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The successfully prosecute a charge of possess prohibited drug the prosecution must prove beyond reasonable doubt that the accused person knew of the existence of the drug in his or her custody and control. The prosecution must also prove that the amount of the drug is not so small or so dispersed or mixed up with other material that the substance cannot in practice be used in the way contemplated by the act Williams v R 1978 140 CLR 591. Possession of more than the trafficable quantity of a prohibited drug is deemed to be possession for the purposes of supply meaning a person allegedly in possession of more than a trafficable quantity is charged with the more serious offence supply prohibited drug . However the supply charge will be dismissed if defense counsel can prove either: 1 – That the person did not have possession for the purposes of supply or 2 – In relation to some drugs that the drugs were prescribed by a medical practitioner nurse midwife dentist or vet. Supply prohibited drug The offence of supply a prohibited drug attracts different penalties according to the type and amount of drug involved. Supplying a prohibited drug to a person under the age of 16 years attracts more serious penalties. Possession of more than the trafficable quantity of a prohibited drug is deemed to be possession for the purposes of supply meaning a person allegedly in possession of more than a trafficable quantity is charged with the more serious offence supply prohibited drug . However the supply charge

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will be dismissed if defense counsel can prove either: 1 – That the person did not have possession for the purposes of supply or 2 – In relation to some drugs that the drugs were prescribed by a medical practitioner nurse midwife dentist or vet. Supplying up to an indictable quantity of a prohibited drug attracts a maximum penalty of 15 years imprisonment and/or a 220000 fine or 2 years and a 5500 fine if dealt with in the Local Court. Supplying more than the indictable quantity of a prohibited drug attracts a maximum penalty of 15 years imprisonment and/or a 220000 fine and cannot be dealt with in the Local Court. Supplying more than a commercial quantity of a prohibited drug attracts a maximum penalty of 20 years imprisonment and/or a 385000 fine. Fraud Fraud involves a person either intentionally or recklessly using deception to dishonestly:  Obtain Property Belonging To Another Or  Obtain A Financial Advantage Or  Cause A Financial Disadvantage Dishonest means dishonest according to the standards of ordinary people and known by the defendant to be dishonest according to the standards of ordinary people. Maximum penalty is 10 years imprisonment.

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Goods in custody The offence of goods in custody involves the alleged offender having a thing in his or her custody the custody of another person or in or on premises where the thing in question is reasonably expected of being stolen or otherwise unlawfully obtained section 527C Crimes Act 1900. The maximum penalty for goods in custody is 12 months imprisonment and/or an 1100 fine where the thing is a motor vehicle or motor vehicle part or vessel or vessel part. The maximum penalty is 6 months imprisonment in the case of any other thing. Intimidation Intimidation is conduct that amounts to harassment or molestation of a person or an approach that causes a person to fear for his or her safety. To prove the offence of intimidation the prosecution must prove that the accused person acted with the intention of causing the alleged victim to fear physical or mental harm. The maximum penalty for intimidation is 5 years imprisonment and/or a fine of 5500. Resist Police Resist Officer involves a person using force to oppose some lawful course of action which a police officer is attempting to pursue whilst in the execution of their duty.

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Robbery Robbery involves using a threat or force to put the person in possession of property in fear and unlawfully taking the property with the intention of permanently depriving the person of the property. The maximum penalty for robbery is 14 years imprisonment. If dealt with in the Local Court the maximum penalty is 12 months imprisonment and/or a 5500 fine. Aggravated robbery Aggravated robbery involves robbery where corporal violence is used or actual bodily harm is intentionally or recklessly caused or a person is deprived of their liberty. Maximum penalty is 20 years imprisonment. Armed robbery Armed robbery involves robbery whilst being armed with an offensive weapon. The offence attracts a maximum penalty of 20 years imprisonment. Robbery in company Robbery in company attracts a maximum penalty of 20 years imprisonment.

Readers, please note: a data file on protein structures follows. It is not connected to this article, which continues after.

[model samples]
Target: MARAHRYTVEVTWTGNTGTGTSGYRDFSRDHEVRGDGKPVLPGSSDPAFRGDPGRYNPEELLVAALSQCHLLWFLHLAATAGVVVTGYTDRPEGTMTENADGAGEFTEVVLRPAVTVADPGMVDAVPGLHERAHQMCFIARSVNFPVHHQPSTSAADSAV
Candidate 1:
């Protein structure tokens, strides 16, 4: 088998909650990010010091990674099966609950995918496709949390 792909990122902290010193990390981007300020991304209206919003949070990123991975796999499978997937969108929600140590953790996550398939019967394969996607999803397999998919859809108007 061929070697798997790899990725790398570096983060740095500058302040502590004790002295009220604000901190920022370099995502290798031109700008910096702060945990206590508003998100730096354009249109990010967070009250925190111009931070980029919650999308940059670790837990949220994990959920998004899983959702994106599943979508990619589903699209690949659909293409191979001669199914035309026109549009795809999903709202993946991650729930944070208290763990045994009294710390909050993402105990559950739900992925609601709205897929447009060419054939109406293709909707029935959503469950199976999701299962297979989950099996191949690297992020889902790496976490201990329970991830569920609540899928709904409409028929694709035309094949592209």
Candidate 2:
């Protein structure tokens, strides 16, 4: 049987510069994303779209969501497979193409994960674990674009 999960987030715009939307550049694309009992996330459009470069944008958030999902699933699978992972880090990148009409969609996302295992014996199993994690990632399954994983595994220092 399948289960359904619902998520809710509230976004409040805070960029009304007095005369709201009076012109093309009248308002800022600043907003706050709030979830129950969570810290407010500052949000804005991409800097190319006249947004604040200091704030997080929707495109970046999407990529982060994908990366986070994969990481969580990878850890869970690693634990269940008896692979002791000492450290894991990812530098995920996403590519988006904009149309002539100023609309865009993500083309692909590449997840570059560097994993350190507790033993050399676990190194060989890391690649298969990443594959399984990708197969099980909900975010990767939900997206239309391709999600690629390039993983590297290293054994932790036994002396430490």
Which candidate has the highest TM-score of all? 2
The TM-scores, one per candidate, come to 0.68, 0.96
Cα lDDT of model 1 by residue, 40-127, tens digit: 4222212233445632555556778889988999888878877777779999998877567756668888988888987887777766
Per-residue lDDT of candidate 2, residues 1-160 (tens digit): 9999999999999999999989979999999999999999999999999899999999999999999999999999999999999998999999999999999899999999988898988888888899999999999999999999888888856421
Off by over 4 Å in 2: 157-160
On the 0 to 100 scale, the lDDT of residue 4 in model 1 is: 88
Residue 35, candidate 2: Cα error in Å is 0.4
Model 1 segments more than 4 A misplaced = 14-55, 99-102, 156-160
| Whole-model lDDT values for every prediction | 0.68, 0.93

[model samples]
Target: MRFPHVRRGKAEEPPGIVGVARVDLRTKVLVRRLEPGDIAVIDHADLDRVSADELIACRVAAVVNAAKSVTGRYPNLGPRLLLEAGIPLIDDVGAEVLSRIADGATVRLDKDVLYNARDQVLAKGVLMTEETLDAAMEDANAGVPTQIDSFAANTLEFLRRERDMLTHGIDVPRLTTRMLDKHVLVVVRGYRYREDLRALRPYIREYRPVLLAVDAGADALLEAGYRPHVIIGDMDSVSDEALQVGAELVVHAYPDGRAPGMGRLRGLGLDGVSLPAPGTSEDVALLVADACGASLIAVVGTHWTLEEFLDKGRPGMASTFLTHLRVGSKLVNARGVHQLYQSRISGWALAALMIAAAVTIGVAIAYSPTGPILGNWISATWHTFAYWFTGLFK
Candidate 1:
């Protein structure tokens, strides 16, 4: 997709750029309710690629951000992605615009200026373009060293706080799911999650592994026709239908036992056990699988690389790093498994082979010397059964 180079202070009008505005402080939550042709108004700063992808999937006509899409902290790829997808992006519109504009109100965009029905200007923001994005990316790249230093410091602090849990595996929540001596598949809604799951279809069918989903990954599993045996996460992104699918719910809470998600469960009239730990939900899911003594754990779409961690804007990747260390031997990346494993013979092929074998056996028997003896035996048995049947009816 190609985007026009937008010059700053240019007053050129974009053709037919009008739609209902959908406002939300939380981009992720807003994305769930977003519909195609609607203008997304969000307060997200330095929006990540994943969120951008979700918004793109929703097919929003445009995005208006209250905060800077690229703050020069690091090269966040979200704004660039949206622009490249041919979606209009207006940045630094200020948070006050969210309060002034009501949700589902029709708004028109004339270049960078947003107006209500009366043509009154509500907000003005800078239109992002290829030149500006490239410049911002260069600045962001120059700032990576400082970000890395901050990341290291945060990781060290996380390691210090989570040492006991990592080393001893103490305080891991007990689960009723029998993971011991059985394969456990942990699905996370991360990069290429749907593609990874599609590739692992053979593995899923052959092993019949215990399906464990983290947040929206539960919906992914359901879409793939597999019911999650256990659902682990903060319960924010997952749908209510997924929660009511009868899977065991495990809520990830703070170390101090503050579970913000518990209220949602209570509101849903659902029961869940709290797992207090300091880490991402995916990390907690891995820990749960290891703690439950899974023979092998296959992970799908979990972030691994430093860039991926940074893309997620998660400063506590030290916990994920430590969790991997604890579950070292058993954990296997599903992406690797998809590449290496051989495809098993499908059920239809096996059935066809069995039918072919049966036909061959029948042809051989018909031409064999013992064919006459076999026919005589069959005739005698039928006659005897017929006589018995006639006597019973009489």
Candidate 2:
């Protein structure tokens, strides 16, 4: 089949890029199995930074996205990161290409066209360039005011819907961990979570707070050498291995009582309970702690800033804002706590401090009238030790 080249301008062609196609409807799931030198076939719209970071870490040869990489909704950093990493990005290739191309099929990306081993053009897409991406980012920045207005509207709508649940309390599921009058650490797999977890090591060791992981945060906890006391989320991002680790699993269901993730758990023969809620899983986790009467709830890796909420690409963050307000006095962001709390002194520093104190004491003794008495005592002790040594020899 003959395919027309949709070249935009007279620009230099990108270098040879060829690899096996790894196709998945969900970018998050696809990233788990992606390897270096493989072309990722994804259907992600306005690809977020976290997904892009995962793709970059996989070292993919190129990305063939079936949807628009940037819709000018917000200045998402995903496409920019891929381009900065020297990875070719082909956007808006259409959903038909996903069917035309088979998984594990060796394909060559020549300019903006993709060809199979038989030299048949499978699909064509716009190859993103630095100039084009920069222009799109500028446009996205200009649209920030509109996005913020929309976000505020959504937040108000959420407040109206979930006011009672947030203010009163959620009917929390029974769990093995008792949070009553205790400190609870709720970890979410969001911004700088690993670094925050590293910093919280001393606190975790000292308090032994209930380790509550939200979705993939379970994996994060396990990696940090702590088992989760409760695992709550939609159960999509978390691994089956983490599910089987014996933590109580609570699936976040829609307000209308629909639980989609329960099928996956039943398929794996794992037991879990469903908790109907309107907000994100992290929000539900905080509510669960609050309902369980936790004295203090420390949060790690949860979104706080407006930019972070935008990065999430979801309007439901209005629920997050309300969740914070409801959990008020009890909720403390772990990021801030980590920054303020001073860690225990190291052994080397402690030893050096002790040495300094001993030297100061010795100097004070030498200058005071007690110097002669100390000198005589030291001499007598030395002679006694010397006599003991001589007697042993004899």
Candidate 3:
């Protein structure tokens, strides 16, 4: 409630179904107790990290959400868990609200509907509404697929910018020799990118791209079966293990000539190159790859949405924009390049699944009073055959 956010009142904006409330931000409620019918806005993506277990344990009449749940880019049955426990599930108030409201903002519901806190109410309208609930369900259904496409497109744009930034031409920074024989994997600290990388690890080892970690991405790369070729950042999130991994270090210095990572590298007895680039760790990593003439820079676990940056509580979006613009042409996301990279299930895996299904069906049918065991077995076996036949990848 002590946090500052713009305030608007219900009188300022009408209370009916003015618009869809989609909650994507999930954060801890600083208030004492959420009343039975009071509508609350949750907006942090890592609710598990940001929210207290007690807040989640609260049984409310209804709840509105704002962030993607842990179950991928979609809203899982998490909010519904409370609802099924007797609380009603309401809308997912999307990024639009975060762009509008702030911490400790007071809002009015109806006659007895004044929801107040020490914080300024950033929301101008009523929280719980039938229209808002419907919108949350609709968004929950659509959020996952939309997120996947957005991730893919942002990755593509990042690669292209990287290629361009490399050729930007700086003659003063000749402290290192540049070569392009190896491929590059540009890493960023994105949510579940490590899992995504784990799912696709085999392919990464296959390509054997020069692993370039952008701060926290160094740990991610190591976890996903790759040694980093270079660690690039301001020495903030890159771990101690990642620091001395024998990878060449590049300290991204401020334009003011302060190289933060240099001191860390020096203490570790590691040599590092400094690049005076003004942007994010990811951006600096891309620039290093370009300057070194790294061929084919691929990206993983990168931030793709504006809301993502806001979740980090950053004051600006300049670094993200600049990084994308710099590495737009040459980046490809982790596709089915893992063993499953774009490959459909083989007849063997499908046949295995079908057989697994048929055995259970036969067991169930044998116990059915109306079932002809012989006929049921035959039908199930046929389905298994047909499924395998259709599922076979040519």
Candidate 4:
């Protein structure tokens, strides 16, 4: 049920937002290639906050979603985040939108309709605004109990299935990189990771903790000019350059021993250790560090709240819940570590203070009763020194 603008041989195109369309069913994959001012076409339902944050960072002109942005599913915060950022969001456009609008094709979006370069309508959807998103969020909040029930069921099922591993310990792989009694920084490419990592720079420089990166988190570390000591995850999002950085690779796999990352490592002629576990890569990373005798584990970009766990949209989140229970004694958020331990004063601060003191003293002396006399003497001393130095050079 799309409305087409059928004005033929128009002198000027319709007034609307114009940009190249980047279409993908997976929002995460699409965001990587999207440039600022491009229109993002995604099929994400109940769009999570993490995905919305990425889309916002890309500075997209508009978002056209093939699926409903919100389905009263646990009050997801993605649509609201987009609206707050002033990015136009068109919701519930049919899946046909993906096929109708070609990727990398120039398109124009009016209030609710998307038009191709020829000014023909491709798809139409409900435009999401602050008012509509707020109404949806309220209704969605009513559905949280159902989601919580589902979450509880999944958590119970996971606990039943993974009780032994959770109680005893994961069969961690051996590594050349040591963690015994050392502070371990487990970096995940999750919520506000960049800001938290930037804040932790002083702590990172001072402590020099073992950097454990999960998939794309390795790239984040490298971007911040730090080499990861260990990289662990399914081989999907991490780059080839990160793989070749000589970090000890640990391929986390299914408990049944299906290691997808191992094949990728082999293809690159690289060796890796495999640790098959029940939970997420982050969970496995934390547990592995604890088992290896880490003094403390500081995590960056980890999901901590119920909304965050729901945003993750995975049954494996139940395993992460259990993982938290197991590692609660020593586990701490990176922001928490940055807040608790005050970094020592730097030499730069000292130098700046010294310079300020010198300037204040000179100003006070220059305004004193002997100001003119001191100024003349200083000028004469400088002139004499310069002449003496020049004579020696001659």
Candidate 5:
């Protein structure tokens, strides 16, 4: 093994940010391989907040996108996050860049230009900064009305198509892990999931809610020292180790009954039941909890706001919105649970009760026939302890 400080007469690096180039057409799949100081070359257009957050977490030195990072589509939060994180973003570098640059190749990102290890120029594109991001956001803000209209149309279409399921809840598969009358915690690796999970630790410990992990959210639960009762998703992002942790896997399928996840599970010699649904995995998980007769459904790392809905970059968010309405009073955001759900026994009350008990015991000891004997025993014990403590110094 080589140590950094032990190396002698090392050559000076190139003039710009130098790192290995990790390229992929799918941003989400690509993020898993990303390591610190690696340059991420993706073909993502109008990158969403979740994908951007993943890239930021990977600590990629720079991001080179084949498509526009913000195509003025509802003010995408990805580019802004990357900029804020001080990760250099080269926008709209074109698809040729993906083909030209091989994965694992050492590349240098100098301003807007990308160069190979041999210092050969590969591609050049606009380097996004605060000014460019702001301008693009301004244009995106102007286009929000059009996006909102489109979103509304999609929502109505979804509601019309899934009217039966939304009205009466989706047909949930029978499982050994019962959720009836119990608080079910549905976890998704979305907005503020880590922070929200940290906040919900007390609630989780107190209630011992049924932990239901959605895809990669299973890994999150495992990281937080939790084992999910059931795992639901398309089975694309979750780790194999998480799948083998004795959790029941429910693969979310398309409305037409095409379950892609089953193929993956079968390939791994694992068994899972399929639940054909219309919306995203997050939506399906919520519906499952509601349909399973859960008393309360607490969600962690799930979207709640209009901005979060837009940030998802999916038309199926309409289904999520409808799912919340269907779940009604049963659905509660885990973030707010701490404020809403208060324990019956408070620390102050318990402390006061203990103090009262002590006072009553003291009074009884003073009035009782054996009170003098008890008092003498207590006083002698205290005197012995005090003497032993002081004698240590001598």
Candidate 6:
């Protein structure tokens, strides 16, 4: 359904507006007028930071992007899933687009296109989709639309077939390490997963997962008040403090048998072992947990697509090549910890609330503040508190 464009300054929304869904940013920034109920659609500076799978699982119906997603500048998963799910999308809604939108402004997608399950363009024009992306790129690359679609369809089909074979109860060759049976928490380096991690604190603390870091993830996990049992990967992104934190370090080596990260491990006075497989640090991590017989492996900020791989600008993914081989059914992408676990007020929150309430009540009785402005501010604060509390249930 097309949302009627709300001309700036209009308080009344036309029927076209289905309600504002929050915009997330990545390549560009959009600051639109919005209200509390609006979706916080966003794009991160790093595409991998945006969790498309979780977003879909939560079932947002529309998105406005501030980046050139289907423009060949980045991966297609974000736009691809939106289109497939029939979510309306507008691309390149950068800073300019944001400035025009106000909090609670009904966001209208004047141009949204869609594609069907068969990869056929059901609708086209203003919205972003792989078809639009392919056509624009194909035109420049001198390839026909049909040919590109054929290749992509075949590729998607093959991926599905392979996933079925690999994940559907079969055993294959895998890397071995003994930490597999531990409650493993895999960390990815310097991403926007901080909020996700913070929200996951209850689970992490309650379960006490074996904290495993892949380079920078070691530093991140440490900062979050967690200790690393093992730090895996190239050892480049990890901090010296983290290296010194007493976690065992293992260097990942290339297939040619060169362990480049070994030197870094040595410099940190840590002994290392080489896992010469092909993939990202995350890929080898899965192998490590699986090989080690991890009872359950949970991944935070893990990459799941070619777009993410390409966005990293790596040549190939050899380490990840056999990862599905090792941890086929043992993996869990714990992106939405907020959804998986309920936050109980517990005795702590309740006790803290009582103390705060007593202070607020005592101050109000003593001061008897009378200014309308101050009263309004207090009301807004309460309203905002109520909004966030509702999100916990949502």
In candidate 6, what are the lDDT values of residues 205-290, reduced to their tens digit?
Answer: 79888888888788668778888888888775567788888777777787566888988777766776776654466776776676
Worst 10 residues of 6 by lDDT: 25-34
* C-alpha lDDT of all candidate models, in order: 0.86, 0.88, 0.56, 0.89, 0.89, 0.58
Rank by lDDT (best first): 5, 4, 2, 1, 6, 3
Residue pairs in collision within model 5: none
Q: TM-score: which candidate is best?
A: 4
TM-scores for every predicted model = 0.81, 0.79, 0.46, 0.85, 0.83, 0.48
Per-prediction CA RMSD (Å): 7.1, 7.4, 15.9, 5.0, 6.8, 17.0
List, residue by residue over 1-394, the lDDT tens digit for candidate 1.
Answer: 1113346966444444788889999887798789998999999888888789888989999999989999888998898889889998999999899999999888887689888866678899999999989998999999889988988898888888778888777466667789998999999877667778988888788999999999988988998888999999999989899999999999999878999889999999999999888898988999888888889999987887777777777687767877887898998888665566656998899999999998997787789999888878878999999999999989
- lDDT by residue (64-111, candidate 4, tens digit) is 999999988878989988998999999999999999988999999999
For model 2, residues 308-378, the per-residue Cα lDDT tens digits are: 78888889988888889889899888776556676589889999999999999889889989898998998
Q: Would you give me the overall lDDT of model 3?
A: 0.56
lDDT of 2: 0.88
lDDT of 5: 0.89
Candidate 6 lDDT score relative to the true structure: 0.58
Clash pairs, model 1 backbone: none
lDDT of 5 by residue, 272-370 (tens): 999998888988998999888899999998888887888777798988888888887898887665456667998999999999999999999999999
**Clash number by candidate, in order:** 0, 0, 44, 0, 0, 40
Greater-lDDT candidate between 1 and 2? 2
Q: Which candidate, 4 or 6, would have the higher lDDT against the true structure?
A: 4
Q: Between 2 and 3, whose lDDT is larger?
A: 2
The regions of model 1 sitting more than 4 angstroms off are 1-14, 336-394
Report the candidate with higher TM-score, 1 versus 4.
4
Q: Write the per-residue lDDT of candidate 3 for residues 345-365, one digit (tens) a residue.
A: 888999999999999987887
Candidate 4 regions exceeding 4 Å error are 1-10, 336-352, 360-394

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Robbery with wounding Robbery that involves causing wounding or grievous bodily harm gbh to any person attracts a maximum penalty of 25 years imprisonment. Sexual Assault Rape Sexual assault or rape involves a person having sexual intercourse with another person without the consent of the other person and with knowledge that the other person does not consent section 61I Crimes Act 1900. Sexual intercourse includes the penetration of female genitalia or the anus of any person by any body part or object as well as oral sex section 61H Crimes Act 1900. The maximum penalty for sexual assault is 14 years imprisonment. Aggravated sexual assault Aggravated sexual assault involves sexual assault where:  Actual Bodily Harm Is Intentionally Or Recklessly Inflicted Or  Actual Bodily Harm Is Threatened Or  The Offence Is Committed In The Company Of Another Person Or Other People Or  The Alleged Victim Is Under The Authority Of The Alleged Offender Or  The Alleged Victim Is Under The Age Of 16 Years Or  The Alleged Victim Suffers From A Physical Disability Or  The Alleged Victim Suffers From A Cognitive Impairment Or  The Alleged Offender Breaks And Enters A Dwelling House Or Other Building With The Intention Of Committing The Offence Or

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 The Alleged Offender Deprives The Alleged Victim Of His Or Her Liberty Section 61J Crimes Act 1900. The maximum penalty for aggravated sexual assault is 20 years imprisonment. Stalking Stalking includes following watching or frequenting the vicinity of a person or approaching a place where the person lives works or frequents with the intention of causing the person to fear physical or mental harm sections 7 and 13 Crimes Domestic and Personal Violence Act 2007. The maximum penalty for stalking is 5 years imprisonment and/or a fine of 5500. Source: http://maatouks.com.au/service/criminal-law/